Fate and impact of pesticides: new directions to explore
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The consequences of the environmental contamination by pesticides on human and ecosystem health are of major concern. A strong research effort is needed to better understand the deleterious effects of pesticides, to reduce uncertainties concerning these potential effects, and to inform public policies and citizens. This effort has to focus on different scientific fields of research such as toxicology, ecotoxicology, epidemiology, and human and social sciences. The finality is to propose solutions to reduce the risks related to the dispersion of pesticides in the environment and to decrease their harmful impacts on biodiversity, ecosystem functions, and human health.
Improving the human and ecosystem exposure measurements remains a challenge for pesticide risk assessment strategies. Standardized and integrated protocols are needed for in situ monitoring of pesticides in various ecosystems. This can allow for more realistic ecotoxicological studies as well as epidemiological surveys on the impacts of pesticides on the environment and human health. Integrating new results at different levels of organization including human activities is critical to address the difficult question of long-term effects of pesticides at low concentrations and for compound mixtures. It is therefore necessary to rely on new tools and methods, e.g., sensors, biomarkers, bio-omics, analytical platforms, dedicated to ecotoxicological approaches, predictive toxicology, and epidemiological studies.
Designing cropping systems to reduce pesticide use and/or impacts at different spatial scales and levels of organization has become a clear research orientation in Europe. In France, the Ecophyto plan called for a decrease in pesticide use. Although this objective is far to be reached, this recent policy has launched many research programs in the last 10 years. Significant progresses have been made regarding the conception and assessment of low input cropping system performances. Alternative agricultural practices such as conservation tillage, selected crop varieties, biological regulations of bioagressors at the plot, farm, and landscape scales may significantly contribute to decrease the pesticide pressure.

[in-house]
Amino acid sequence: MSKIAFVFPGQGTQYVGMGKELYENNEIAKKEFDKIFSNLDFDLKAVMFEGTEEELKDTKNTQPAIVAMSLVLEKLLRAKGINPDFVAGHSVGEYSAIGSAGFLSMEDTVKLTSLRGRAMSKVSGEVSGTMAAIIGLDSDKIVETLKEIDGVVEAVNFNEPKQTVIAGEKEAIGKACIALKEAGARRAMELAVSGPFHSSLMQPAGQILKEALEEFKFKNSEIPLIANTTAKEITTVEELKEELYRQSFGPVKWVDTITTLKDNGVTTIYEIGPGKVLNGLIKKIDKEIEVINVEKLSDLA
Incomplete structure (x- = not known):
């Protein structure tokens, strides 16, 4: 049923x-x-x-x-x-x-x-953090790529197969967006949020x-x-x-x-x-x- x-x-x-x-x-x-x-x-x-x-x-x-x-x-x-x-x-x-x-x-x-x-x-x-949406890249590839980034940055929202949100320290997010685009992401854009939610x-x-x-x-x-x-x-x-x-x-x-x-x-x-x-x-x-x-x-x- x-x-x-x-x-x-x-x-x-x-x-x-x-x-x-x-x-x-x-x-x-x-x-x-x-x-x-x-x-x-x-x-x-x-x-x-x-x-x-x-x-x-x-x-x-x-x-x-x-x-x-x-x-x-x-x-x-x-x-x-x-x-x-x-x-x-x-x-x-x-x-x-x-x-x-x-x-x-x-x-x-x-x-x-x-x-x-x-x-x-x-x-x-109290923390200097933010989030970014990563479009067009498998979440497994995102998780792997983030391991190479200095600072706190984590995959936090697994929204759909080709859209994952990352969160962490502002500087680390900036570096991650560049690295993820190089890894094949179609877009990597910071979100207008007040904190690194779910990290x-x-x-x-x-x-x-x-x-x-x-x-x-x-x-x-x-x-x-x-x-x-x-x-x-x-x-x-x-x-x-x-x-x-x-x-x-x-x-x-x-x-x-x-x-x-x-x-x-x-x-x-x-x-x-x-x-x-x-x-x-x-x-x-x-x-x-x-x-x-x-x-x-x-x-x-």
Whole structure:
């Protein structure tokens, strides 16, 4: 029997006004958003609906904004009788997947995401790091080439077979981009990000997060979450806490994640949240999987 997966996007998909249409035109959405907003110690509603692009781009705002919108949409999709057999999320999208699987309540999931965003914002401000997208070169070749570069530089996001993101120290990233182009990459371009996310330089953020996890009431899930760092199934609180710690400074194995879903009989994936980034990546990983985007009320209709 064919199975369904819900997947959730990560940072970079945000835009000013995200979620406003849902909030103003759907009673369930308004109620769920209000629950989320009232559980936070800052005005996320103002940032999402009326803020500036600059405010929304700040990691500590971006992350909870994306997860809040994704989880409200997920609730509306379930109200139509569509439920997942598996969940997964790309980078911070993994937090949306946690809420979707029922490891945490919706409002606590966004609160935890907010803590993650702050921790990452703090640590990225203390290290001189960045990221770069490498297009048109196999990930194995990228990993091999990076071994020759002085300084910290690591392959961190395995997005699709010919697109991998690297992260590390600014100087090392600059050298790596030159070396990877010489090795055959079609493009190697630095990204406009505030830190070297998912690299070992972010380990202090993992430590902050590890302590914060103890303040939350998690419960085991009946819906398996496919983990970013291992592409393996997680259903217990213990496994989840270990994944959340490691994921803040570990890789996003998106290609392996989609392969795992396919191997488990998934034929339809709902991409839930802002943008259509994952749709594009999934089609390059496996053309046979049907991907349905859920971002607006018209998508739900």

Improving our knowledge of pesticide transfers outside from the treated plots remains necessary before promoting measures to reduce pesticide dispersion at the watershed scale. Local processes regulating the interactions between the soil, air, vegetation, and water have to be thoroughly understood. Field observations, experimental studies, and modeling approaches addressing the dispersion of pesticides should consider both the plot and catchment scales in a variety of landscapes—from rural to peri-urban areas—and under a variety of pedoclimatic conditions. Ecological infrastructures such as buffer zones can be used in these different landscapes to reduce the dispersion. However, a quantitative assessment of their efficiency and the integration of their functioning in the pesticide transfer models are required.